A cabbie who has been nicknamed “Cupid Cabbie” has collected the names and phone numbers of over 2,000 New Yorkers and organized over 100 dates, over 30 of which have led to long-lasting romances.
27. People Walker is a for hire service in Los Angeles where you can hire people to walk with you, motivate you, walk you home, listen to your problems and keep you company all while walking about.
28. German citizens in Ohrdruf were forced to view the inside of the Ohrdruf labor camp (the first concentration camp liberated) and bury the dead. This practice was repeated at other camps.
29. Shortly after English comedian Benny Hill died in 1992, grave-robbers dug up his grave under the mistaken belief that he was buried with copious amounts of gold and jewelry. He was re-buried with a 1-foot thick slab of concrete on top to prevent future dusturbances.
30. Wild camels living around a nuclear test site in the Great Gobi Desert can drink saltwater with a higher salt content than seawater.
1 in 6 women have herpes, which is double the male rate. This is due to anatomical differences that make it easier for women to become infected.
32. If you shake keys near a flying moth with ears, it will dive to the ground to avoid encountering what it thinks is a bat. This is because shaking keys emits sonar similar to that produced by bats.
33. Neil Armstrong met his second wife (Carol Held Knight) at a group breakfast where they were seated together. Two weeks later, he called her to ask what she was doing and she said cutting down a cherry tree. Half an hour later, he was at her house to help. They stayed married until his death.
34. Despite being a symbol of counterculture, Andy Warhol was a devout Byzantine Catholic who went to church almost daily. His brother said he was "really religious, but he didn't want people to know", and Andy Warhol even enthusiastically financed his nephew's studies for the priesthood.
35. Henry II, the king who uttered the famous phrase "Will no one rid me of this turbulent priest?" got beaten up by 80 monks as part of his penance for his part in said priest's death.
The only reason indigo was included in the ROYGBIV rainbow spectrum was because Sir Isaac Newton considered 7 a sacred number and didn't want the rainbow to be "unsacred."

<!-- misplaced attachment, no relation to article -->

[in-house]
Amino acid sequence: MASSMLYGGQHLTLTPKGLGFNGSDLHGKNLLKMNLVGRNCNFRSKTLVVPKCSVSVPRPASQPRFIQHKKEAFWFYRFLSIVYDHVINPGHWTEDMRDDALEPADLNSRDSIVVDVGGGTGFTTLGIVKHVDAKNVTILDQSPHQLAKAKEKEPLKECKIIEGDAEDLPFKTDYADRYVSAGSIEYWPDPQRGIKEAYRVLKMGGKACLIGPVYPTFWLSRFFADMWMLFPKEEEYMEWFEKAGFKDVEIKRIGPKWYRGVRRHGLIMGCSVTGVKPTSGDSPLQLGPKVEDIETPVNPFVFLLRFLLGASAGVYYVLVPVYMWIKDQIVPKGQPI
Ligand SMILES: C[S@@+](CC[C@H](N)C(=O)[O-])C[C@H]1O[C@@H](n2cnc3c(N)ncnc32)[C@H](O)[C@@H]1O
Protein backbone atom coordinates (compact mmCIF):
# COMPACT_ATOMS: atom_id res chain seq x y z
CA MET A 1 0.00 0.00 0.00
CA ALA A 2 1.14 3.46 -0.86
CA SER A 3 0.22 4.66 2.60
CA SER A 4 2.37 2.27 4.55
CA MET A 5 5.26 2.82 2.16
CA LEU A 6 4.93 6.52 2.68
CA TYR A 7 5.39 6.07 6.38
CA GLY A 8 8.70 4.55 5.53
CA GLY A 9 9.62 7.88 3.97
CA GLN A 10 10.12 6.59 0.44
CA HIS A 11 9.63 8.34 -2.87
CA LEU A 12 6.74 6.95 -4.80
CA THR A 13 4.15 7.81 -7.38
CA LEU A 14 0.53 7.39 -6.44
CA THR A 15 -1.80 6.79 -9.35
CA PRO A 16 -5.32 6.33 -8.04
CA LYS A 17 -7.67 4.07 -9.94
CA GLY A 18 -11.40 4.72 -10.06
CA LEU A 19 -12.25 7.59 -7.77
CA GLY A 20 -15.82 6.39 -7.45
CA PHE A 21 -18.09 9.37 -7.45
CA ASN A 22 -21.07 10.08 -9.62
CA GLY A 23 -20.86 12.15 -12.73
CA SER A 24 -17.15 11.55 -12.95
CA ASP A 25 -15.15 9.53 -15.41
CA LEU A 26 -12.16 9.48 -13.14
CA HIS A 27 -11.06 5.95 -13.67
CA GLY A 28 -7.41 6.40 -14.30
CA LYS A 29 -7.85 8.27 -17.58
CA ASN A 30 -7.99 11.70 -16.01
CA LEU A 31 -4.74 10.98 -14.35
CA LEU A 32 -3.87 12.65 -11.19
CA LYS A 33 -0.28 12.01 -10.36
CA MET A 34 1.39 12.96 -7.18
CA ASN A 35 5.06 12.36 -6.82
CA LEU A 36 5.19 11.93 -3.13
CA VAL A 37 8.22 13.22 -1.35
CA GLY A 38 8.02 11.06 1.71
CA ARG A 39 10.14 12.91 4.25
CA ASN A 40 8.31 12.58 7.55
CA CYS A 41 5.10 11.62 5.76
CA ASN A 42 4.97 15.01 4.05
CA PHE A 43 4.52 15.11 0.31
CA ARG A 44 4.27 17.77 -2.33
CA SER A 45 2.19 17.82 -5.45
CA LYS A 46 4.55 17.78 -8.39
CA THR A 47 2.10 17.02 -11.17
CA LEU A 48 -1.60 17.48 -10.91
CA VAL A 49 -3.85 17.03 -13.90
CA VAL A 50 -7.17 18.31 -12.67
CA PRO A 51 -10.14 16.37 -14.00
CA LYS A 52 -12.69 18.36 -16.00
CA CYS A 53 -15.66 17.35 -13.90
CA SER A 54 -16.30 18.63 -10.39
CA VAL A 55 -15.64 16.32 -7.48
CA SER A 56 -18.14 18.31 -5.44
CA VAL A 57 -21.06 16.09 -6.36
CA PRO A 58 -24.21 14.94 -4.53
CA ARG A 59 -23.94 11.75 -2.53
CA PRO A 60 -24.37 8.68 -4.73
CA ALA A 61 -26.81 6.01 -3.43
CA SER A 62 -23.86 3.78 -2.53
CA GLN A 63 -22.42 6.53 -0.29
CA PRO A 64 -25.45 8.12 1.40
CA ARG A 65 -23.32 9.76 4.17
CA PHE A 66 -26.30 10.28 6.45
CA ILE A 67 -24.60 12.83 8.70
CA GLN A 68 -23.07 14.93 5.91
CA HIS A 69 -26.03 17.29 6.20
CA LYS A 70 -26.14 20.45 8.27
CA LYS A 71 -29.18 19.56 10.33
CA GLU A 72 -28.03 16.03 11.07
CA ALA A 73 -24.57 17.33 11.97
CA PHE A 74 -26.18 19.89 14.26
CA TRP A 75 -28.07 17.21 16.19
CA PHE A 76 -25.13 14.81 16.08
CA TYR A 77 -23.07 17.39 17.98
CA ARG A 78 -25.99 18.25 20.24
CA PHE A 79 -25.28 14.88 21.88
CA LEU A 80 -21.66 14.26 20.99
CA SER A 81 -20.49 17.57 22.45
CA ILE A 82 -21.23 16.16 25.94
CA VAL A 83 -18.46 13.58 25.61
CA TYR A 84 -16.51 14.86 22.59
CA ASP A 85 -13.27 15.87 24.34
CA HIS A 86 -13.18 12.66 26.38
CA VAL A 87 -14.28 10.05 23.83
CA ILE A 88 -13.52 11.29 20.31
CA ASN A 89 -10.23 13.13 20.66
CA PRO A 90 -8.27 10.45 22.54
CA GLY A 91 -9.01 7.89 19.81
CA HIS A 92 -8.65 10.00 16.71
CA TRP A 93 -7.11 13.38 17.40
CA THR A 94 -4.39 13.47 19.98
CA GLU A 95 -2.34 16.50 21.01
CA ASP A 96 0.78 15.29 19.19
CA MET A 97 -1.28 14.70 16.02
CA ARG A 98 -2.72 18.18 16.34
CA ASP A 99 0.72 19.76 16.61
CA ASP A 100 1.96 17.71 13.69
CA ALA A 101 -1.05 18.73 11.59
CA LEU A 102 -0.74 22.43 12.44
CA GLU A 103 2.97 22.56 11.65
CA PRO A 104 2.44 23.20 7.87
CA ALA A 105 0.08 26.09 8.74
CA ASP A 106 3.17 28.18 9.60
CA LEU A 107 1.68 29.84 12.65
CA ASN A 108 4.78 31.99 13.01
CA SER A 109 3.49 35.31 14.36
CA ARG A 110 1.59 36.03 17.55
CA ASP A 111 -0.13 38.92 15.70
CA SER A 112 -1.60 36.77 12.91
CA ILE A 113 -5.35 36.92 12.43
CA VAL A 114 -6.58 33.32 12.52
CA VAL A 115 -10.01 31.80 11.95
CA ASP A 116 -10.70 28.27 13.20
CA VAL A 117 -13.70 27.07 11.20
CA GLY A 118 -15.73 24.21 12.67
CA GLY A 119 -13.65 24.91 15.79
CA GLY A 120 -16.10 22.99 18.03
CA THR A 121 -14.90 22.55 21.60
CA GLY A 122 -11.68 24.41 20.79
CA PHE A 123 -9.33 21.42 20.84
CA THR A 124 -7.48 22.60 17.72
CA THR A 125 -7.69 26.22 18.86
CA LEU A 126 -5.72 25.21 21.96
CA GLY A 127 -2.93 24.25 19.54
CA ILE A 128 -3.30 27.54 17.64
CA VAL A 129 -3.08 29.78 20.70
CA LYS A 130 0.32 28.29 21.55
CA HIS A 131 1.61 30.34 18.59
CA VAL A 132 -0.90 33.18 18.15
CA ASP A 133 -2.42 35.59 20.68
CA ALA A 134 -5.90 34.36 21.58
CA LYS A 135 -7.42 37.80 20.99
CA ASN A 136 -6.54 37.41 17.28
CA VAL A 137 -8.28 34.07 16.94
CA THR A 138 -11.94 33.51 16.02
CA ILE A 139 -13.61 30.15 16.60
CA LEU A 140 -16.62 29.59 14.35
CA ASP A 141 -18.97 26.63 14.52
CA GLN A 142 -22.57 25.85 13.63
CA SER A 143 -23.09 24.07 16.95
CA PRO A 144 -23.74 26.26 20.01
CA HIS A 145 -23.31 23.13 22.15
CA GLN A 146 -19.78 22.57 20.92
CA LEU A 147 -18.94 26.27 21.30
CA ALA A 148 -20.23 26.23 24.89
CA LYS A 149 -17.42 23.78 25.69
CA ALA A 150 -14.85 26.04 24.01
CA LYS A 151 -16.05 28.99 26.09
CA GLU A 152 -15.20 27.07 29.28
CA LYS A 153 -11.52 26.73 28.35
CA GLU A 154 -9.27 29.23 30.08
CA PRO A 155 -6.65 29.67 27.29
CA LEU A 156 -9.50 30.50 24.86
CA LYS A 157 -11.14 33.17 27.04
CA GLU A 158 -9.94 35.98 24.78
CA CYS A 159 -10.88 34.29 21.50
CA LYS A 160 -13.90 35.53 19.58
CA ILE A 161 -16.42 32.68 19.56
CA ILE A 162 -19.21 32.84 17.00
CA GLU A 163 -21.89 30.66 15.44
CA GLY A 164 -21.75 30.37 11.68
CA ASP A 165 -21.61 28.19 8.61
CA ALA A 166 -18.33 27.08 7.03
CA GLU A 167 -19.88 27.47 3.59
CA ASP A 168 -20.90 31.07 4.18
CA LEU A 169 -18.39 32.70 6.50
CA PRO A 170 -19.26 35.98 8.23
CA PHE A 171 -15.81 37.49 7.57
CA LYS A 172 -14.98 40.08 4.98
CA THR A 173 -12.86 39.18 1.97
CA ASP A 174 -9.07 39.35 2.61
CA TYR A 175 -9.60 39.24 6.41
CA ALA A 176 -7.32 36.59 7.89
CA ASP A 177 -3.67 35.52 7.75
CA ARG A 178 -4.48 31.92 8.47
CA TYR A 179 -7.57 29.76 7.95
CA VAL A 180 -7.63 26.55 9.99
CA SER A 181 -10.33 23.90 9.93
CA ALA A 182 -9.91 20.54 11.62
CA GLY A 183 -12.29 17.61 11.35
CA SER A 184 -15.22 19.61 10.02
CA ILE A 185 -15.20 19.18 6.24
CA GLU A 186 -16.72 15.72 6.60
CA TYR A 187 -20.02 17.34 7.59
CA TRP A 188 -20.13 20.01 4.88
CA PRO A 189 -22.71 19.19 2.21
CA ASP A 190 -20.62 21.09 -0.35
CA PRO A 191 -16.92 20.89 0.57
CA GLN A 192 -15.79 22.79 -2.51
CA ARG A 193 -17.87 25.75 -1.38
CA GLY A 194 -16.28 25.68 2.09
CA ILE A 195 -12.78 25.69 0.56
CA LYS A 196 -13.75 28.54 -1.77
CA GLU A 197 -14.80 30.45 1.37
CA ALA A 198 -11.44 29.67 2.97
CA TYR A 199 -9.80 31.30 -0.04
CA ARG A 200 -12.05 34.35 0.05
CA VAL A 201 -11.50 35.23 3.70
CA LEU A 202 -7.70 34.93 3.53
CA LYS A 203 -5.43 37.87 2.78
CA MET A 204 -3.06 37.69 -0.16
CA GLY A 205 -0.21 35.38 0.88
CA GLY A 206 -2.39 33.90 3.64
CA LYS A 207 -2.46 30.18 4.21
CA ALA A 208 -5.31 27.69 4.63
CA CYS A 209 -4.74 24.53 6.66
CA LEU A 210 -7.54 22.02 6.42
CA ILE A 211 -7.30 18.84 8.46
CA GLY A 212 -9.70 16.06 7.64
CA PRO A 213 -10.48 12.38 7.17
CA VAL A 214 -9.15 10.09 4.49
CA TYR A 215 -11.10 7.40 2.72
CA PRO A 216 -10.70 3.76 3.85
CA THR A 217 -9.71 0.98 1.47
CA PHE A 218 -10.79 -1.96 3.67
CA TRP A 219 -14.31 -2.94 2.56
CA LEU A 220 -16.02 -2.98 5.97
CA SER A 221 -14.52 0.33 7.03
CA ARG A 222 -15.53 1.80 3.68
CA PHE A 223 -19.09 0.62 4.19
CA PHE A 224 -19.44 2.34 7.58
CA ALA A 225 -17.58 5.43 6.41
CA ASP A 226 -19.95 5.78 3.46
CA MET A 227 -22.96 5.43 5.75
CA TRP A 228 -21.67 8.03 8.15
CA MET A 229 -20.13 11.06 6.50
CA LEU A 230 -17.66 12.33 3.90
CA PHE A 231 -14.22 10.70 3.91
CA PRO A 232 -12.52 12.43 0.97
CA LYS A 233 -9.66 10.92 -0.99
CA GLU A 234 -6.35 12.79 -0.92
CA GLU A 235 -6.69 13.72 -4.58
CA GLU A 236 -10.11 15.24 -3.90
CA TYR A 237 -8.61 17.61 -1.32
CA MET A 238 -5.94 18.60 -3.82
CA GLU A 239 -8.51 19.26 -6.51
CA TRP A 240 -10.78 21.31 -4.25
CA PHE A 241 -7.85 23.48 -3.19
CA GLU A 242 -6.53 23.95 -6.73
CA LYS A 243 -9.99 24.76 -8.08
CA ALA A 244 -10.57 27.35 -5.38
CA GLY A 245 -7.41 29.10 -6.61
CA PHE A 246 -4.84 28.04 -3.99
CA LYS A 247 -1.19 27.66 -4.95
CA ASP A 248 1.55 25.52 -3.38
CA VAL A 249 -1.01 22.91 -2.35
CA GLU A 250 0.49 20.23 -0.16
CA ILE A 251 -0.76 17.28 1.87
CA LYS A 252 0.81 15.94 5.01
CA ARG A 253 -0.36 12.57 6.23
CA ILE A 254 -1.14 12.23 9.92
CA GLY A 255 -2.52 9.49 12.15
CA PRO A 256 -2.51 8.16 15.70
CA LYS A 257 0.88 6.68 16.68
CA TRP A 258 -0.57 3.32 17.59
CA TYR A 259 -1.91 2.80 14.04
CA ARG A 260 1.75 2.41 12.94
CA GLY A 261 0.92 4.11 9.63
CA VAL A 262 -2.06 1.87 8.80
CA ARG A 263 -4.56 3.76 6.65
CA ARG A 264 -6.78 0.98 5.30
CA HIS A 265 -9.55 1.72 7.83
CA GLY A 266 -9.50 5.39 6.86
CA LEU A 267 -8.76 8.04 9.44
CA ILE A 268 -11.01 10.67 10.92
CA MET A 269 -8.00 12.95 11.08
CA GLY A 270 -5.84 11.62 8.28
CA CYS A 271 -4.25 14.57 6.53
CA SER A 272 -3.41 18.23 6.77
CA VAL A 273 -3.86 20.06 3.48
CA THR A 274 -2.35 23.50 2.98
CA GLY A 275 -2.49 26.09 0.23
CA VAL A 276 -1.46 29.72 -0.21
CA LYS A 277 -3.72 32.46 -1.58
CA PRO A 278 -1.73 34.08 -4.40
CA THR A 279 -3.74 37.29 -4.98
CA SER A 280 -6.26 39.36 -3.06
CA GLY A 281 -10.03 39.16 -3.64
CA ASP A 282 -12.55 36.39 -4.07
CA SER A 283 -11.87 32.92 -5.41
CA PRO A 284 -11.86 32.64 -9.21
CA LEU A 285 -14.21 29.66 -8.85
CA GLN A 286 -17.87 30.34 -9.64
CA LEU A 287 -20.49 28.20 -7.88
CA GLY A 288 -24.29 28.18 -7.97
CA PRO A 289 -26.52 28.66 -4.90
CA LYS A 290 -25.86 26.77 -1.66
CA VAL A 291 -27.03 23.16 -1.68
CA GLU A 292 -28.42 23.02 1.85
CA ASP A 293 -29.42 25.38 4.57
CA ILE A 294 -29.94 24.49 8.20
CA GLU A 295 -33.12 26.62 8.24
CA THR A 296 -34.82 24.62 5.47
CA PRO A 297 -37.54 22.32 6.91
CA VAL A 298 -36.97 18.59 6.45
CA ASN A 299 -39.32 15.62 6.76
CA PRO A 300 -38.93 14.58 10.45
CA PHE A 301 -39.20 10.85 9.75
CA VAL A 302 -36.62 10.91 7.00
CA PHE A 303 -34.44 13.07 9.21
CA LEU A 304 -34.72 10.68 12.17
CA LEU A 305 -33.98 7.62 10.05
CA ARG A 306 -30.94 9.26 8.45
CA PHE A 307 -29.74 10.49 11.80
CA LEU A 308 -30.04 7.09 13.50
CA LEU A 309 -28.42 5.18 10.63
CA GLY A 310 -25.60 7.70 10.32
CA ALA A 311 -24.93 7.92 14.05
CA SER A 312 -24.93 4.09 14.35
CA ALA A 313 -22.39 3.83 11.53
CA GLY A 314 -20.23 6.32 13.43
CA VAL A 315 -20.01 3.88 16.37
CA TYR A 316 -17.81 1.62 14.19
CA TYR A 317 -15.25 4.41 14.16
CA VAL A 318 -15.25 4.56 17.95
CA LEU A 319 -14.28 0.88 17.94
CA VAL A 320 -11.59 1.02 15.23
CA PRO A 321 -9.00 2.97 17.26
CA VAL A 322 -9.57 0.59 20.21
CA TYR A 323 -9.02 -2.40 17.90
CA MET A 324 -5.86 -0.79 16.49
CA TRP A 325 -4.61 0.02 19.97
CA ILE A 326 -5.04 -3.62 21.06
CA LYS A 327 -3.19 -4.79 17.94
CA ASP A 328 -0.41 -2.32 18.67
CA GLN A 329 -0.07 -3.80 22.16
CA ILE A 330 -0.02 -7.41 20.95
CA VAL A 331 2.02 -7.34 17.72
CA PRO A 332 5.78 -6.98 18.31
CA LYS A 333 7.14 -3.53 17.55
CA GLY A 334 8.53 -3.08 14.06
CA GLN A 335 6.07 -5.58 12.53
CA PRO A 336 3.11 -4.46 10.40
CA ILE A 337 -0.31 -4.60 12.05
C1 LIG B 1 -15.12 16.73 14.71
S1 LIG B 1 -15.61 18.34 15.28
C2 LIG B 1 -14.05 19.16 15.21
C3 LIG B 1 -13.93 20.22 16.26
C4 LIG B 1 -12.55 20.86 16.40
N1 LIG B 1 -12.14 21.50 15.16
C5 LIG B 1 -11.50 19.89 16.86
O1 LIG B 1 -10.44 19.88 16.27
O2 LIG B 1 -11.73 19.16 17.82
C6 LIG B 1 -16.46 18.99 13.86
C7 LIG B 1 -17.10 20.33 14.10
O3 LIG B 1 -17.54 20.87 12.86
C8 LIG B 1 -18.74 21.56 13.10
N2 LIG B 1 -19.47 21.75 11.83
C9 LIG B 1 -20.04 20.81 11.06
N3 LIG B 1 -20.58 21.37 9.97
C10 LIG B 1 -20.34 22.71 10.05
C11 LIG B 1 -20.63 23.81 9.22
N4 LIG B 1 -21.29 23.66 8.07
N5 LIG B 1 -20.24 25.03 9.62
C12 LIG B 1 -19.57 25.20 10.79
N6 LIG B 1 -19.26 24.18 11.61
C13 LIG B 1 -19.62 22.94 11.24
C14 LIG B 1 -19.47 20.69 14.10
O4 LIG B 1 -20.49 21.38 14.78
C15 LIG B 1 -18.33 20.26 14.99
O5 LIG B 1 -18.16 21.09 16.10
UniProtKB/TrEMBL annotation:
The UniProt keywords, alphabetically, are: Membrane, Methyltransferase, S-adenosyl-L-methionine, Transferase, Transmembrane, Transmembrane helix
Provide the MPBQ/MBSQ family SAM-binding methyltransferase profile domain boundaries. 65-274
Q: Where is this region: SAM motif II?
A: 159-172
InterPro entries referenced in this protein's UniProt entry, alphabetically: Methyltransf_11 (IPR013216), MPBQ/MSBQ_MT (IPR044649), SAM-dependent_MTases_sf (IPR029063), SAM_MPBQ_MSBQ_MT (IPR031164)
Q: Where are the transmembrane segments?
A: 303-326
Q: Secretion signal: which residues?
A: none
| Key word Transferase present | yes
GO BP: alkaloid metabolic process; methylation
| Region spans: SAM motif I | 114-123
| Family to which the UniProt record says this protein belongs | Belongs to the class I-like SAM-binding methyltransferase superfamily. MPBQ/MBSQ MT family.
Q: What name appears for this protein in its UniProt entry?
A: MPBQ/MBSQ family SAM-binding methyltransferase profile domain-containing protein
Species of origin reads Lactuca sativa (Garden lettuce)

37. In 1771, Sarah Wilson, the maid of Queen Charlotte's Maid of Honor was sentenced to indentured labor in America for theft. Upon reaching there, she escaped and posed as the Queen's sister, living a life of luxury, defrauding many wealthy people with the promise of an audience with the queen.
38. Roman emperor Caracalla once slaughtered 20,000 Egyptians just because they made a play mocking him.
39. Vikings never wore horned helmets. The notion that the Vikings wore horned helmets actually comes from a costume designer for the 1876 performance of Wagner's classic Norse saga, Der Ring des Nibelungen.
40. Australia invented the secret ballot in 1856. Before that votes were cast in full view of the assembled crowds and would often end in riots. When the practice started to be adopted in the US in the 1880's it was known as the Australian Ballot.
41Blue macaw parrot
The blue macaw parrot that was the inspiration for the 2011 kid’s movie “Rio” was declared extinct in the wild in 2018.
42. A man named Jayme Gordon sued Dreamworks Animation for stealing ideas from his drawings to make “Kung Fu Panda”. Investigators found that he had traced his drawings from a “Lion King” coloring book. Gordon was charged with perjury and wire fraud. He was sentenced to two years in prison.
43. In 1984, a Russian ice-breaking ship named Moskva was called to save over 2,000 trapped Beluga whales. At first they refused to follow the ship to open water. However, when the crew began playing classical music through the ship’s loudspeakers, the whales finally followed Moskva to the unfrozen sea.
44. During the filming of the 1978 film "Invasion of the Body Snatchers", actress Veronica Cartwright was not told the film would end with Donald Sutherland delivering his infamous pod shriek rather than meeting him for an actual conversation. She was genuinely terrified when Sutherland shrieked at her.
45. When Agatha Christie married Max Mallowan, he was working with archaeologist Leonard Woolley, but Woolley’s wife didn't let Christie stay with Mallowan at a digging camp. Christie soon wrote "Murder in Mesopotamia", with the victim being an archaeologist's wife - and dedicated it to the Woolleys.
Folklore says that Grace O'Malley, the pirate queen of Ireland once rallied her crew and successfully defended her ship from a pirate ambush an hour after giving birth at sea.
47. Blackbeard would go into battle with anywhere from six to ten pistols on his person and multiple blades. His fighting style with a cutlass was meant to be intimidating as well as effective.
48. Contrary to popular belief, Squidward from “SpongeBob SquarePants” is an octopus, not a squid. He only has six legs, because, six were easier to draw than eight. Stephen Hillenberg has also gone on to say Squidward sounded funnier than Octoboy. Even so, in some foreign dubs, Squidward has been renamed Octo.
49. Mr. Krab's birth date is November 30, 1942, as revealed on the characters driver's license, in dream sequences, in season one, episode fifteen, "Sleepy Time/Suds."
50. Squidward makes various references to 11 minutes. Every episode of SpongeBob SquarePants lasts about 11 minutes 30 seconds.